ELVIS LiDAR and OCAD
The ELVIS output format Esri Ascii Grid, can be imported directly into OCAD 12 via the Import Wizard in the DEM menu. So you not only have an easy way of obtaining the data, you also have an easy way of using it. (See my earlier post ELVIS rocks with LiDAR contours on the basics of using ELVIS).
ELVIS LiDAR vs state geospatial vector contours
For a small area of Anglesea used in 2015 for a mountain bike orienteering event, I downloaded ELVIS LiDAR and VicMap vector contours. Then overlaid them in OCAD.
The brown contours are VicMap 10m obtained via download of vector form via Shape file. 25m index contours were also obtained but do not appear in this fragment.
The other 3 colours are from ELVIS LiDAR data;
- grey is 1m (shown only in second image)
- green is 5m
- purple is 25m index contour
At first glance there is a general consistency if we ignore the many minor indentations in the LiDAR lines that could be easily smoothed in OCAD.
However the 1m LiDAR does indicate the existence of two lower parts of gullies that are shown in the VicMap contours, albeit the eastern displaced. So maybe 1m contours could usefully inform the mapper at draft stage in some map areas.
LiDAR contours smoothed via Karttapullauten
Karttapullauten generates orienteering training maps from LiDAR data.
This is similar to the result when smoothing in OCAD except that Karttapullauten has interpolated 2.5m contours (the dashed lines). Interestingly, this makes the progression of the above mentioned eastern gully much easier to observe.
Using ELVIS DEM data in OCAD
There are 4 video tutorials on DEM at http://ocad.com/en/support/learn-video. These videos are useful for OCAD 10, 11 and 12 users.
I created a 4 minute video tutorial on the basics of using ELVIS. View it online at www.screencast.com/t/y3MTbMzzO
Following on from that is a 4 minute video showing the import of ELVIS DEM into OCAD via the DEM import wizard. (This is applicable for any DEM data). View it online at www.screencast.com/t/qBqaZrmu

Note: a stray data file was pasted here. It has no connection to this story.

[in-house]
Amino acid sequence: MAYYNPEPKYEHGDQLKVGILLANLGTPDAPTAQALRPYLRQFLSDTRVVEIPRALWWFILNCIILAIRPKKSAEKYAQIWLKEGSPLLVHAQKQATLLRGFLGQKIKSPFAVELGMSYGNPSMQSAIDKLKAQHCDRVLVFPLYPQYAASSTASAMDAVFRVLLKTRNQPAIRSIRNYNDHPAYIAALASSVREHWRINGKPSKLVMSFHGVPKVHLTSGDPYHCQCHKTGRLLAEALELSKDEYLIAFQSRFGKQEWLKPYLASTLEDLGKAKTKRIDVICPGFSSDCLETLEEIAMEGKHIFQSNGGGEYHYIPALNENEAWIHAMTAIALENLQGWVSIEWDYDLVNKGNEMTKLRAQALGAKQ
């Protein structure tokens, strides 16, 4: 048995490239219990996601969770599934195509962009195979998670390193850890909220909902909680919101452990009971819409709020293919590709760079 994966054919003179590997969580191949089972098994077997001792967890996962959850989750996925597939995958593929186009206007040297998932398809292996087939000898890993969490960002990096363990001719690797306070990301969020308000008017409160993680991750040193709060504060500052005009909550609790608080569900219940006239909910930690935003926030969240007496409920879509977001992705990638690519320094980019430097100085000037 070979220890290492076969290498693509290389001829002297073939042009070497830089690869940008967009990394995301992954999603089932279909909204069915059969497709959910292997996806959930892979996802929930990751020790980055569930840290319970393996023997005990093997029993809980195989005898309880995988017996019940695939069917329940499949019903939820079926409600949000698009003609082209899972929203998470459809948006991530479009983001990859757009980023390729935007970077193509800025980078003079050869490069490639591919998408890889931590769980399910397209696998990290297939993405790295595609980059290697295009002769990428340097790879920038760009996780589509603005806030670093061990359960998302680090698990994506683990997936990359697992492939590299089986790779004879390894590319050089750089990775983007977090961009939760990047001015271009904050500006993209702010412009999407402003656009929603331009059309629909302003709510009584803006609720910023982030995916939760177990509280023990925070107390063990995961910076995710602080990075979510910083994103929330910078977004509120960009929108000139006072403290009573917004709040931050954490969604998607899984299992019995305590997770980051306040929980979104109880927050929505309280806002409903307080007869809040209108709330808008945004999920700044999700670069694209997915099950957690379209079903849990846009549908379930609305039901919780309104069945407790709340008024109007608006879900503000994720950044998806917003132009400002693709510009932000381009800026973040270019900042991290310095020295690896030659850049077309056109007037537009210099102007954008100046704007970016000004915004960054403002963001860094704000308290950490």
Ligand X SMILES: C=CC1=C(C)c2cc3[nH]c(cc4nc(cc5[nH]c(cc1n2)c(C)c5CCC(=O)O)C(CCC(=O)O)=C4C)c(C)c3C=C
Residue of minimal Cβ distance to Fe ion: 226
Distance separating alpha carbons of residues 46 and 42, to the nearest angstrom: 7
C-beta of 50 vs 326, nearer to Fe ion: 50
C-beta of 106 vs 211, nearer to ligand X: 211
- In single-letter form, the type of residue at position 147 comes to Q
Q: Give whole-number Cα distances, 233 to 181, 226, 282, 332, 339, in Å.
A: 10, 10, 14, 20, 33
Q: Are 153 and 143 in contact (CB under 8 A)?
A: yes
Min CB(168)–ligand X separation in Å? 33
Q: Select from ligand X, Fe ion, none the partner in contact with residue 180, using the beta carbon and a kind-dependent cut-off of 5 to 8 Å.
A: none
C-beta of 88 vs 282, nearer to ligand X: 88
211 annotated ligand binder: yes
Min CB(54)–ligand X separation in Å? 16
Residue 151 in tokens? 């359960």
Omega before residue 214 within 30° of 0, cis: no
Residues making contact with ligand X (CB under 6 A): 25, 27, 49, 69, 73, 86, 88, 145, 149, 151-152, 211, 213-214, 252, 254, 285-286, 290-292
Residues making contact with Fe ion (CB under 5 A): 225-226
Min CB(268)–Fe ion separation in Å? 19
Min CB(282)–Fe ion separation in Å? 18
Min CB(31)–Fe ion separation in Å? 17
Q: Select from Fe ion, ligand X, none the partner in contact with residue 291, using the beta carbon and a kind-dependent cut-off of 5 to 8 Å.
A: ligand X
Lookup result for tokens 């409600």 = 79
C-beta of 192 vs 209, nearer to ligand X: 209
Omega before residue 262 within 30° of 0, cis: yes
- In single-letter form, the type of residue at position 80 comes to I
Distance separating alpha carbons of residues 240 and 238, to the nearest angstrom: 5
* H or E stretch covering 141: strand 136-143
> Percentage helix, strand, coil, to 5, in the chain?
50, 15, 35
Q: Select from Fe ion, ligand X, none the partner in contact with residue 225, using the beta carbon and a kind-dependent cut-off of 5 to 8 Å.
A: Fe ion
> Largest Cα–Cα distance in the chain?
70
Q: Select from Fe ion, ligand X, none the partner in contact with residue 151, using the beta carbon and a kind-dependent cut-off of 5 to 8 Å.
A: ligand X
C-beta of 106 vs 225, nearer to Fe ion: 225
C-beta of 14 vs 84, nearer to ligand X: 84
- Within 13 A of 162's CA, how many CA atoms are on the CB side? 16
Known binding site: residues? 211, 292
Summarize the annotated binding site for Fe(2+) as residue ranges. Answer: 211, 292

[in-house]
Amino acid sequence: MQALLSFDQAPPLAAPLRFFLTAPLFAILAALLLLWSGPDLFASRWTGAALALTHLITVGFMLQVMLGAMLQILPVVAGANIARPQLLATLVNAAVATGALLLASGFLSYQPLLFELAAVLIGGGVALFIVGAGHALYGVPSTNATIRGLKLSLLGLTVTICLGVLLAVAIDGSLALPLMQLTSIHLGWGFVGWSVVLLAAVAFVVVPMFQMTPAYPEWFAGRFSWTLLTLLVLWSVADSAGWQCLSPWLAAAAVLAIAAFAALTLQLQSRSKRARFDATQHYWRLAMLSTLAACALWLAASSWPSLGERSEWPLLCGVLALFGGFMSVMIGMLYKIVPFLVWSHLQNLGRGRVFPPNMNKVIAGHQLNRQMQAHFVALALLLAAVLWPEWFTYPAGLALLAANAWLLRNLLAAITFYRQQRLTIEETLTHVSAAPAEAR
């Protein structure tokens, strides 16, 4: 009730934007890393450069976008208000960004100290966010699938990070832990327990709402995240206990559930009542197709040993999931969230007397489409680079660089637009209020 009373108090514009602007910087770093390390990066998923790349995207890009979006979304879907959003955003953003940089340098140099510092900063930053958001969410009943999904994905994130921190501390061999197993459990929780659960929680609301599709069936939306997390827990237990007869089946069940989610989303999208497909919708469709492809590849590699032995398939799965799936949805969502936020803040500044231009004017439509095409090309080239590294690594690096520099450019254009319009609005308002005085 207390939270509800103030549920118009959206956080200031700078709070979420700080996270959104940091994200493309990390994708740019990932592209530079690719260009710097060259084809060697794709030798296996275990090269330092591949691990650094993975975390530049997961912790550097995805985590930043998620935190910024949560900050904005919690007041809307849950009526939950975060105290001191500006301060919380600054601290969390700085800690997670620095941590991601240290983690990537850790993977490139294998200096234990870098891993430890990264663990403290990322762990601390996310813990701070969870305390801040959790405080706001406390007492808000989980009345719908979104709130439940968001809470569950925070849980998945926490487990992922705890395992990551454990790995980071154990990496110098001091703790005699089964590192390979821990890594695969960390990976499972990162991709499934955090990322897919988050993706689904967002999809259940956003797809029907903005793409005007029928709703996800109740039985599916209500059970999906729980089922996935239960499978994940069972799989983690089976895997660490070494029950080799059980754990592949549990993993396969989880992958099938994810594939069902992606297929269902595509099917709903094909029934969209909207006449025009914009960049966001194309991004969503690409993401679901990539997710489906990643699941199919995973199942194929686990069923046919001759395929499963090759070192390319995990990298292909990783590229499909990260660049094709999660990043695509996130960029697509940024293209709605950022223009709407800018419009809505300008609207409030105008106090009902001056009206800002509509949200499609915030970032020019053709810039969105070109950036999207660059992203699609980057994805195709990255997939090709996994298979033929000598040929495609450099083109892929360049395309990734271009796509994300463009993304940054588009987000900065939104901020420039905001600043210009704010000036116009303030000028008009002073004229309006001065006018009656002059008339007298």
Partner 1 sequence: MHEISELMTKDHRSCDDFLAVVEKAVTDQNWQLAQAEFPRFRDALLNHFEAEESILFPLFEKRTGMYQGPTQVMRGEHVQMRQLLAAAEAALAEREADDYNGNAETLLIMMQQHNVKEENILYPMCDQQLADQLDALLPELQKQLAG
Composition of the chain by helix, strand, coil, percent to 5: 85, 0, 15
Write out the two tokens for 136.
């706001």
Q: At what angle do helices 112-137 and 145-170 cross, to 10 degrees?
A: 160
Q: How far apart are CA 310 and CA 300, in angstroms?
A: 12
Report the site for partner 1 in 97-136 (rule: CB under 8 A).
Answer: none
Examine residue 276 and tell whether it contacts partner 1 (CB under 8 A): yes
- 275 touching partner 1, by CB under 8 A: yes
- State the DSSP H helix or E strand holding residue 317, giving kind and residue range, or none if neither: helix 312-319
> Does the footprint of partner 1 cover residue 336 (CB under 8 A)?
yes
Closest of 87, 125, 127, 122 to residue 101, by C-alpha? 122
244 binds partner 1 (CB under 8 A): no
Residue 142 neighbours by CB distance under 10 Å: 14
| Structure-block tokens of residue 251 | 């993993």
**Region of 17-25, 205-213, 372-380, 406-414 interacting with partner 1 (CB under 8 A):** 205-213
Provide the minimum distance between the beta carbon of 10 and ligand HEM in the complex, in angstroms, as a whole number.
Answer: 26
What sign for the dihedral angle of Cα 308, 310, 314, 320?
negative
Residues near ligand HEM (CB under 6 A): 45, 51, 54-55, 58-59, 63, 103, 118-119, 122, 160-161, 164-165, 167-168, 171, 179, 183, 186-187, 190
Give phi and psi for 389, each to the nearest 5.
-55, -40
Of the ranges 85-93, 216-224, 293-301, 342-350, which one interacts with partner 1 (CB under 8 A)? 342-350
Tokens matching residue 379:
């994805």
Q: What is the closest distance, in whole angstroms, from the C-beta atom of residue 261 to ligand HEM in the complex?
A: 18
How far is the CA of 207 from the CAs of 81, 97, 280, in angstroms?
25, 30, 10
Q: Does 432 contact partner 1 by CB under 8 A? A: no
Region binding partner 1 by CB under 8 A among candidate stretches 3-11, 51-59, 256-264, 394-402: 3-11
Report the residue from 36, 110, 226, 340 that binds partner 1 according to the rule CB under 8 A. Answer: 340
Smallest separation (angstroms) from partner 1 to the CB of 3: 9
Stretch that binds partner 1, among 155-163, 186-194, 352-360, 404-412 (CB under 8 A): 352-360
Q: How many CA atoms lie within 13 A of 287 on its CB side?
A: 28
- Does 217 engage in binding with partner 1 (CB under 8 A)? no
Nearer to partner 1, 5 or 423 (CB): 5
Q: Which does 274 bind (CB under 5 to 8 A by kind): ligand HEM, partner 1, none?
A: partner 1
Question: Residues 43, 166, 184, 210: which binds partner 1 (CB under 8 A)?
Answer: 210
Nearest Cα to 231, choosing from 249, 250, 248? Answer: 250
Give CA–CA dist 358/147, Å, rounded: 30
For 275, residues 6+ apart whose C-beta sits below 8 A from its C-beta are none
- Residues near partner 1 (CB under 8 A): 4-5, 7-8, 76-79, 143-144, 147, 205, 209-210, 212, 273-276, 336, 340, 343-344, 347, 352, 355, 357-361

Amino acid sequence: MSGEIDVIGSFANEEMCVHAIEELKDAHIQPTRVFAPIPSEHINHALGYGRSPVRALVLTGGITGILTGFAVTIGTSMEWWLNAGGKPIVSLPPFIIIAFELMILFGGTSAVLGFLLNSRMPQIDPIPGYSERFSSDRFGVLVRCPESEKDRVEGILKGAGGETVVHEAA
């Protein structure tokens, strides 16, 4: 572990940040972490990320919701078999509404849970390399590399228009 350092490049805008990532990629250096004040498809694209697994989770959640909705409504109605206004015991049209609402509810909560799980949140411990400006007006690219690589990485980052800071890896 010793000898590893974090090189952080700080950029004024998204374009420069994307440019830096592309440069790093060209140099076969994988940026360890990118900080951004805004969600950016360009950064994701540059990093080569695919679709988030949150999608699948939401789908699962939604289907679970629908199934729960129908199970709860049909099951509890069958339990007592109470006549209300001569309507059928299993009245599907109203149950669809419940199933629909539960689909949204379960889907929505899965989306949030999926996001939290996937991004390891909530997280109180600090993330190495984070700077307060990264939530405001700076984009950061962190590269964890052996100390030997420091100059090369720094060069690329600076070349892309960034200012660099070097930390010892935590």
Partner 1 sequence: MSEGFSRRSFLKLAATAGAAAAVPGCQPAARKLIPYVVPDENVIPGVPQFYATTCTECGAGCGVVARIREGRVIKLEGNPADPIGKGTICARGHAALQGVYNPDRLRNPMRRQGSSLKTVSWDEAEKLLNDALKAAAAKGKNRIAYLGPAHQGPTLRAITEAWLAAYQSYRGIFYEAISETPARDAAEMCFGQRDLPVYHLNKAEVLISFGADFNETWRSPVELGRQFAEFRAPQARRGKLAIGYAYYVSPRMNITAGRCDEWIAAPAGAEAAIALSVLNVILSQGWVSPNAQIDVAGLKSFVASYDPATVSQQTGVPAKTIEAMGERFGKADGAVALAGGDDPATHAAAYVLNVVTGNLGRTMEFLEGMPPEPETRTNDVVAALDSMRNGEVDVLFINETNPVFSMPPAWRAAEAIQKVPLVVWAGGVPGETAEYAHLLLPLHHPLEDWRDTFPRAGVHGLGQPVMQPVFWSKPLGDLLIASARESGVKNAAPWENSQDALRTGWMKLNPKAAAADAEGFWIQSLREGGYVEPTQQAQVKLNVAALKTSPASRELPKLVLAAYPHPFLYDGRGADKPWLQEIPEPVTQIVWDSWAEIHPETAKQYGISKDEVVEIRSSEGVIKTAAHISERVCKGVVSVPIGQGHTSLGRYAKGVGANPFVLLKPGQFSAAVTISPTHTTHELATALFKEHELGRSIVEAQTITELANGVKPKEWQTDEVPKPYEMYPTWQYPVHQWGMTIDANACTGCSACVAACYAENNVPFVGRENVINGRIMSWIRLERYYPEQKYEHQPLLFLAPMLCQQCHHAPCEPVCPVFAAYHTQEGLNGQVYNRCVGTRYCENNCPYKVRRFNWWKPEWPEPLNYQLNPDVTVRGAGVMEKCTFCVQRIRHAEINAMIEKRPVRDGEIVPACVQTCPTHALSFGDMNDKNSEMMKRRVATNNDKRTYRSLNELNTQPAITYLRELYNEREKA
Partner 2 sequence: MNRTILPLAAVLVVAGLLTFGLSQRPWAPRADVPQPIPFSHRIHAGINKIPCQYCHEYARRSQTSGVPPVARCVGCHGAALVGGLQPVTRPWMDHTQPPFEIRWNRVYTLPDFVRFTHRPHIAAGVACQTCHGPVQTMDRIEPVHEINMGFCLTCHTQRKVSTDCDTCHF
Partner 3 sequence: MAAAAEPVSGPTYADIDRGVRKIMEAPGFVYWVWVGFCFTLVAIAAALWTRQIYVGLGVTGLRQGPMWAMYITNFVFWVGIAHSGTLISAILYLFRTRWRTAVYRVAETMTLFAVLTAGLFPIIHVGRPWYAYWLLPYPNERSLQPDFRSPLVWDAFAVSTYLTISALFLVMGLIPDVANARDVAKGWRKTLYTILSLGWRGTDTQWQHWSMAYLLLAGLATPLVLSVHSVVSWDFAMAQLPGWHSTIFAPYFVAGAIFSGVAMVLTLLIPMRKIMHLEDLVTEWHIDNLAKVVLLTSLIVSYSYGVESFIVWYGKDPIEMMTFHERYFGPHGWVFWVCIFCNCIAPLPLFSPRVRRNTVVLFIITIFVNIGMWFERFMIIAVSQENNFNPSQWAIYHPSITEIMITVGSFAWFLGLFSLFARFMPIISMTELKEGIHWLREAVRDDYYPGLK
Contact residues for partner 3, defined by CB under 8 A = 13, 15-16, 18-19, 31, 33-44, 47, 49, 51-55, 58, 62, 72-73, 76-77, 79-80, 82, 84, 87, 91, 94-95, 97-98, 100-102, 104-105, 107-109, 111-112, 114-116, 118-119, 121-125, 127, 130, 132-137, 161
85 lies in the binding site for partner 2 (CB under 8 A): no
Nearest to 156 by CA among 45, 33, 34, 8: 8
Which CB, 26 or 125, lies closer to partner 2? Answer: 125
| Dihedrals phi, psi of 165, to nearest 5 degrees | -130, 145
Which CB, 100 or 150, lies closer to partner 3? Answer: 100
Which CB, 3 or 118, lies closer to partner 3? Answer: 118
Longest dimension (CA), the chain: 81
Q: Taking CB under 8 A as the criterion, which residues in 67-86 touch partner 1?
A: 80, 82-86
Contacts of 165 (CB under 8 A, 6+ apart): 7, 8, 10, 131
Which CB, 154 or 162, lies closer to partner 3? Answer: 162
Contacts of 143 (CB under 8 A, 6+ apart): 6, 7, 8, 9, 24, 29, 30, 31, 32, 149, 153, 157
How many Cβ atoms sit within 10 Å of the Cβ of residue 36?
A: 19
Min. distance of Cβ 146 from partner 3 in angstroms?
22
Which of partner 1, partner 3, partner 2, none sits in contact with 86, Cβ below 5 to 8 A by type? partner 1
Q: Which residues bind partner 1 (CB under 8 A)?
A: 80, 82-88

Users of OCAD 10 and 11 don’t have the wizard but should be able to interpret the wizard settings.
And here is an OCAD template file I created to import the DEM data and then in turn it is imported into your OCAD map file with minimal symbology and colours.
- When you download ELVIS data, it is the .asc file that OCAD DEM import wants,not the Shape file.
- If you get nothing showing after import, then check the .asc file content. You can use any text editor to read it. In the header lines there is a value for NODATA. If the file is composed completely of that value then there is no LiDAR data for the area you selected. ELVIS now warns you if there is no data in the selected area.
- When you are asked which co-ordinate set you wish to use, unless you have set up your OCAD file to match the location of the imported DEM data, then select the upper set which is that of the DEM data. Else the DEM data will likely be located far beyond the reach of your OCAD map area.
- If you expect to frequently use LiDAR data, then importing into a special OCAD file can be a boon, It should be empty and have just essential symbols that don’t clash with standard symbols for when you import that OCAD file into your working file. Such a template is downloadable from the section immediately above.